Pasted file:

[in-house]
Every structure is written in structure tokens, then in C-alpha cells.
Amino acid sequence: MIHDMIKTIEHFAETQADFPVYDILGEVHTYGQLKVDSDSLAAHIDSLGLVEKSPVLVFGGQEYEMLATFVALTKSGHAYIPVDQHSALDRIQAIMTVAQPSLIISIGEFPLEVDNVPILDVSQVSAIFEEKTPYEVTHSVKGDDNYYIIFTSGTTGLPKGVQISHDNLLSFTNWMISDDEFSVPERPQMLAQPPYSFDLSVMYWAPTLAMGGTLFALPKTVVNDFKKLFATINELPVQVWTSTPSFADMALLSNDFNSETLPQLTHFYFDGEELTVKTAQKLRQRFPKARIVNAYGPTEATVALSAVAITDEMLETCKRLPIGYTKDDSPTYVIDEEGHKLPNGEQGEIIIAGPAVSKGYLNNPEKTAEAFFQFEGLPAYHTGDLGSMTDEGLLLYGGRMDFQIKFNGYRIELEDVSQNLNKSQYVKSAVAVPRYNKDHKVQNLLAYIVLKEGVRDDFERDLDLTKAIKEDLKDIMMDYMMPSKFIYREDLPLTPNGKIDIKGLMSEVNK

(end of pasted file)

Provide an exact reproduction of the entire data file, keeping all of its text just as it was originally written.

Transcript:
[in-house]
Every structure is written in structure tokens, then in C-alpha cells.
Amino acid sequence: MIHDMIKTIEHFAETQADFPVYDILGEVHTYGQLKVDSDSLAAHIDSLGLVEKSPVLVFGGQEYEMLATFVALTKSGHAYIPVDQHSALDRIQAIMTVAQPSLIISIGEFPLEVDNVPILDVSQVSAIFEEKTPYEVTHSVKGDDNYYIIFTSGTTGLPKGVQISHDNLLSFTNWMISDDEFSVPERPQMLAQPPYSFDLSVMYWAPTLAMGGTLFALPKTVVNDFKKLFATINELPVQVWTSTPSFADMALLSNDFNSETLPQLTHFYFDGEELTVKTAQKLRQRFPKARIVNAYGPTEATVALSAVAITDEMLETCKRLPIGYTKDDSPTYVIDEEGHKLPNGEQGEIIIAGPAVSKGYLNNPEKTAEAFFQFEGLPAYHTGDLGSMTDEGLLLYGGRMDFQIKFNGYRIELEDVSQNLNKSQYVKSAVAVPRYNKDHKVQNLLAYIVLKEGVRDDFERDLDLTKAIKEDLKDIMMDYMMPSKFIYREDLPLTPNGKIDIKGLMSEVNK